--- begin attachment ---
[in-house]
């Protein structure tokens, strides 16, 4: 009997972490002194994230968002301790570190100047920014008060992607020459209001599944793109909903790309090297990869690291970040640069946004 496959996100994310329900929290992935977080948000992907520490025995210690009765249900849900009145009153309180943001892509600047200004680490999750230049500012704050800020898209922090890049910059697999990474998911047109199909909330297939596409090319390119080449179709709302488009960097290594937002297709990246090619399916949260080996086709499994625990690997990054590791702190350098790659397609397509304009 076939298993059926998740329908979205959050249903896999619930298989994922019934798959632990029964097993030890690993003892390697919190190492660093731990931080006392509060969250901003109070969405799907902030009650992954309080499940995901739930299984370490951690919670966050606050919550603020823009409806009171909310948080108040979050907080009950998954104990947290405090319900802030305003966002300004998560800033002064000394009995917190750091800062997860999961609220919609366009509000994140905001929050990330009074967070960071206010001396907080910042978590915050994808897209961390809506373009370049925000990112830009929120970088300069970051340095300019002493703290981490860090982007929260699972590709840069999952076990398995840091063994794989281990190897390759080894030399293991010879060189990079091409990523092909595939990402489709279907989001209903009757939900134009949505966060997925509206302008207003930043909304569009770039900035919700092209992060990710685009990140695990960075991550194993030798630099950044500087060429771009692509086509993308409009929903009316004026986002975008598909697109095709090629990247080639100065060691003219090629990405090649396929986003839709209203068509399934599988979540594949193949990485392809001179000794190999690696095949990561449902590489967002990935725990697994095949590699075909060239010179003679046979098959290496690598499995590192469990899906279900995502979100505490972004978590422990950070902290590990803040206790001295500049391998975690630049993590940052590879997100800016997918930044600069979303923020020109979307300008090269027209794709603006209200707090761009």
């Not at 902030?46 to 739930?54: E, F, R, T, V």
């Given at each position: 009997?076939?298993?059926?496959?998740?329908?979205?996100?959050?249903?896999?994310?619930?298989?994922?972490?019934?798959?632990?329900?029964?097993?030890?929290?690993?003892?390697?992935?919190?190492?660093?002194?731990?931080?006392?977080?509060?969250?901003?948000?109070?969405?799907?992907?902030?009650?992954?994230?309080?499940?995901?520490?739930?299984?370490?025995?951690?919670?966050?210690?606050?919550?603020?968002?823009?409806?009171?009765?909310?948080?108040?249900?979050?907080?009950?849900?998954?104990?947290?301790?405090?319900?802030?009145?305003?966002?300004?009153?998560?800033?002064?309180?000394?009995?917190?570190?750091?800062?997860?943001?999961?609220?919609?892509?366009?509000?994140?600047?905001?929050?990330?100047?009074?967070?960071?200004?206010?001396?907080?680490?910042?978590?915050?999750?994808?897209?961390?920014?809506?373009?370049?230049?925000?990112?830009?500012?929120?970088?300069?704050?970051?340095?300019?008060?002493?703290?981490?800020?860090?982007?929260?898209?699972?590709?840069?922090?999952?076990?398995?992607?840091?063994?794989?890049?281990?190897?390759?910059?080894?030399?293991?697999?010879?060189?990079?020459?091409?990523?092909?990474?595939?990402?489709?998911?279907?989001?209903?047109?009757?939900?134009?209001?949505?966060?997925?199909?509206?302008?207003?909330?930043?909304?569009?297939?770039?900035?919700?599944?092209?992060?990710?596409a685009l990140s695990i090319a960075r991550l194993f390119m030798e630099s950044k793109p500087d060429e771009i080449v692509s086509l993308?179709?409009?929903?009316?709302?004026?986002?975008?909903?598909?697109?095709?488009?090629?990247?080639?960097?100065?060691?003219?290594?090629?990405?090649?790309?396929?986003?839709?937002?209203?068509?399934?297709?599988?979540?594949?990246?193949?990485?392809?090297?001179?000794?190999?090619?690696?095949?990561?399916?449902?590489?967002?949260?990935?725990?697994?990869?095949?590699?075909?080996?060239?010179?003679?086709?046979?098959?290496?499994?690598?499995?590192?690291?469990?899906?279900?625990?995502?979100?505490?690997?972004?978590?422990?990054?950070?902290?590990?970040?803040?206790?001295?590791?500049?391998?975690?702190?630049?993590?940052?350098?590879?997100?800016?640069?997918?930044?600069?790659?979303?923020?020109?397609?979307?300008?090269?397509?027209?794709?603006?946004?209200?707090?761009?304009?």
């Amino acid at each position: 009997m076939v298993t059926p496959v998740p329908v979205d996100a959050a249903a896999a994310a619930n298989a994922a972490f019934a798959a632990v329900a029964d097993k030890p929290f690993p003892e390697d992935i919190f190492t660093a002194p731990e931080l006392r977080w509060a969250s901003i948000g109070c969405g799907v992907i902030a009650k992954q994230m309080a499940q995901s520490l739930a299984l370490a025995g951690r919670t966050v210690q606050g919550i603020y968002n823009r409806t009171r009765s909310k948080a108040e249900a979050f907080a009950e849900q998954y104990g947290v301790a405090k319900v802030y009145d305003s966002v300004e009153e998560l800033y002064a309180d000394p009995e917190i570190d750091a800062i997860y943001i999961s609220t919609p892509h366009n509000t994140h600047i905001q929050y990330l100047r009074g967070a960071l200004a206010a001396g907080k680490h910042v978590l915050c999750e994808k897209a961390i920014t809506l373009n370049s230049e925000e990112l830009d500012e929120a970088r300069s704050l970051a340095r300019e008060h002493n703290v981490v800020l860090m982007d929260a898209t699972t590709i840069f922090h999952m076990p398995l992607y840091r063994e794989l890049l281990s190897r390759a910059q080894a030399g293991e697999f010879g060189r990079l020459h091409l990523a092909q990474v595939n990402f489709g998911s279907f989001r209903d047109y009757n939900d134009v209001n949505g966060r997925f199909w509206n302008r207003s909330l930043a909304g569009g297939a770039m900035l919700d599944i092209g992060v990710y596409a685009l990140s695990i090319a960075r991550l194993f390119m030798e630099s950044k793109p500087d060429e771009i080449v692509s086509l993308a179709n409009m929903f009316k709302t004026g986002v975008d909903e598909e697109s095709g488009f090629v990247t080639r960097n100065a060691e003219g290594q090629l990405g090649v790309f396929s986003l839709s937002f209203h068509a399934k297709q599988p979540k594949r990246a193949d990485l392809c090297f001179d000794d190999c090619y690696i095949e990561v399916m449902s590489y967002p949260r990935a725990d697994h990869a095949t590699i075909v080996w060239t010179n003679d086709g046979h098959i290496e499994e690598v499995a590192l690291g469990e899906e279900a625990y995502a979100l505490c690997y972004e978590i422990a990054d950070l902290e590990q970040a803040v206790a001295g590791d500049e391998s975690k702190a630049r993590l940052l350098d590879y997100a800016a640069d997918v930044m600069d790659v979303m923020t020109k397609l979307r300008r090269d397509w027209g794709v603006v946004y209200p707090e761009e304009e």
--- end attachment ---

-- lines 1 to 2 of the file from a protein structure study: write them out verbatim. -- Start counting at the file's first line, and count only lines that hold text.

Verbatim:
[in-house]
């Protein structure tokens, strides 16, 4: 009997972490002194994230968002301790570190100047920014008060992607020459209001599944793109909903790309090297990869690291970040640069946004 496959996100994310329900929290992935977080948000992907520490025995210690009765249900849900009145009153309180943001892509600047200004680490999750230049500012704050800020898209922090890049910059697999990474998911047109199909909330297939596409090319390119080449179709709302488009960097290594937002297709990246090619399916949260080996086709499994625990690997990054590791702190350098790659397609397509304009 076939298993059926998740329908979205959050249903896999619930298989994922019934798959632990029964097993030890690993003892390697919190190492660093731990931080006392509060969250901003109070969405799907902030009650992954309080499940995901739930299984370490951690919670966050606050919550603020823009409806009171909310948080108040979050907080009950998954104990947290405090319900802030305003966002300004998560800033002064000394009995917190750091800062997860999961609220919609366009509000994140905001929050990330009074967070960071206010001396907080910042978590915050994808897209961390809506373009370049925000990112830009929120970088300069970051340095300019002493703290981490860090982007929260699972590709840069999952076990398995840091063994794989281990190897390759080894030399293991010879060189990079091409990523092909595939990402489709279907989001209903009757939900134009949505966060997925509206302008207003930043909304569009770039900035919700092209992060990710685009990140695990960075991550194993030798630099950044500087060429771009692509086509993308409009929903009316004026986002975008598909697109095709090629990247080639100065060691003219090629990405090649396929986003839709209203068509399934599988979540594949193949990485392809001179000794190999690696095949990561449902590489967002990935725990697994095949590699075909060239010179003679046979098959290496690598499995590192469990899906279900995502979100505490972004978590422990950070902290590990803040206790001295500049391998975690630049993590940052590879997100800016997918930044600069979303923020020109979307300008090269027209794709603006209200707090761009």